In search of inspiring models for college news sites

Update (Nov. 18, 2009 at 2 p.m.): I’ve added Connect2Mason, another site we’ve previously covered, to the list of examples and included a link to a podcast with their founder.

From linking out and social media to video and liveblogging, student journalists often hear advice about steps their individual news organizations should take to succeed today. But we often neglect to take a step back and consider different models from which college media can draw inspiration.


So, we’d like to examine those with some depth in a new series, offering a different twist on the usual coverage. Specifically, focusing on news sites that began online. There’s a ton of great work being done online by print publications across the country, which we often cover, and this series is intended to help everyone.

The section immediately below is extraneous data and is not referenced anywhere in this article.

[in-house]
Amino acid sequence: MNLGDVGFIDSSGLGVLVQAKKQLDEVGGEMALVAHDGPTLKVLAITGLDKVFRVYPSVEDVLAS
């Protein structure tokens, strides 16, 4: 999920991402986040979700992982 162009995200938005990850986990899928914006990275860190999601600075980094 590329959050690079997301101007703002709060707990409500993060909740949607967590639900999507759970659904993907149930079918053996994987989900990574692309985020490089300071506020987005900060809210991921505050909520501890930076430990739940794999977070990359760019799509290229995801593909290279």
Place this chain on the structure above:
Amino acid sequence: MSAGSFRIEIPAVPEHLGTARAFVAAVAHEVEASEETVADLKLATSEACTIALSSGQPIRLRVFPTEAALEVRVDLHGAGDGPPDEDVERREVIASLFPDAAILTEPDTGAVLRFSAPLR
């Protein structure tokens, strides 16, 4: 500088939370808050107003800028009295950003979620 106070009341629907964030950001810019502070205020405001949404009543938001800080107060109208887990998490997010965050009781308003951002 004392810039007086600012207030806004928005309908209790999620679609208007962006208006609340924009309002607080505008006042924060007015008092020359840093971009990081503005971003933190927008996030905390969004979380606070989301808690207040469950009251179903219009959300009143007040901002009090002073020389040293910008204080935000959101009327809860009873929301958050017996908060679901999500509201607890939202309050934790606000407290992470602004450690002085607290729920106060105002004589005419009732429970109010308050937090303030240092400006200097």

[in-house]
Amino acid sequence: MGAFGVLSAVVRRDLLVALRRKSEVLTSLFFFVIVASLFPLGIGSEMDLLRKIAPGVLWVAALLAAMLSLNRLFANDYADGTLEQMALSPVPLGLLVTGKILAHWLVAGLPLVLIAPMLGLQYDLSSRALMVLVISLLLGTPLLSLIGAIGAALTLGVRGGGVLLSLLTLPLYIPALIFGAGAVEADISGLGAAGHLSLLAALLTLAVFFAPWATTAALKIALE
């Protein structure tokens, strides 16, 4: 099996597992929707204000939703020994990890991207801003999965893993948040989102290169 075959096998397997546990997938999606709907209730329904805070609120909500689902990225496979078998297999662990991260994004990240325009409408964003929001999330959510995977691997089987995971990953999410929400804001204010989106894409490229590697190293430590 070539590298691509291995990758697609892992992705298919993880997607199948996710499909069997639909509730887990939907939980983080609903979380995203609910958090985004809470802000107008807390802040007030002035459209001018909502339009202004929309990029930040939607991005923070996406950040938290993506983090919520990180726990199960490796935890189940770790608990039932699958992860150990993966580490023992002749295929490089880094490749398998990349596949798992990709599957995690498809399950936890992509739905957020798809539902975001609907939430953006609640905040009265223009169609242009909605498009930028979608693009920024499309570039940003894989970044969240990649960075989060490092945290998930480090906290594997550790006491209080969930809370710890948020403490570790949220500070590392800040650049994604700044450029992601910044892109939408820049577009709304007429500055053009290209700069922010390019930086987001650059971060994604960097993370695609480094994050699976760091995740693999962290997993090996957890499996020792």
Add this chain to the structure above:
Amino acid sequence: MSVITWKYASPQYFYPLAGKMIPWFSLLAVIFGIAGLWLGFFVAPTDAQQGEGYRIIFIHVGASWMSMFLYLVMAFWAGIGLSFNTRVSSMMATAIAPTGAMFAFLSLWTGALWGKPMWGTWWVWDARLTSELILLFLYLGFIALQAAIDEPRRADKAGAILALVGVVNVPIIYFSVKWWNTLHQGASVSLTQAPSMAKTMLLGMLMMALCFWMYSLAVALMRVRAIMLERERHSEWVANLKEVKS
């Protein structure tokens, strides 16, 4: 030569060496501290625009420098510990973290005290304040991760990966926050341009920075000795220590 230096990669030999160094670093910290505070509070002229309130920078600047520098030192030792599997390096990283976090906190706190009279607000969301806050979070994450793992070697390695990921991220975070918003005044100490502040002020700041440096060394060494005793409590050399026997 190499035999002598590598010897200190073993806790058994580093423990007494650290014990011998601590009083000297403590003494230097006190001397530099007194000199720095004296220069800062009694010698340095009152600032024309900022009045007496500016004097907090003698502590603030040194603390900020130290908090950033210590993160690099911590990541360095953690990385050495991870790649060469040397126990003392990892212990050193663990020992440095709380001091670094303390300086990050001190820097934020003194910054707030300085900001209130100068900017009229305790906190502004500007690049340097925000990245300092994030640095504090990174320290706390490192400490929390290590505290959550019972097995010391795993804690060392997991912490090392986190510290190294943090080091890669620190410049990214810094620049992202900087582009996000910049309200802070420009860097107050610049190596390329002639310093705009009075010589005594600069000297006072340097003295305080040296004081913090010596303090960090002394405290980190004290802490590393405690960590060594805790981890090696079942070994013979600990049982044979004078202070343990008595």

Why this approach? Because good things can come when your news organization thinks like a startup. Also, these sites are unencumbered by legacy costs or structures related to a long-standing print publication.

We already know of a few good examples within college media:

  • NYU Local — an independent site at New York University
  • Amherst Wire — a magazine-style site at the University of Massachusetts at Amherst
  • Connect2Mason — a convergence site that partners with existing college media on campus
  • The Bwog — a blog run by the undergraduate magazine staff at Columbia University
  • Onward State — a blog covering the Penn State community
  • Daily Colonial — online daily news site for George Washington University and the surrounding areas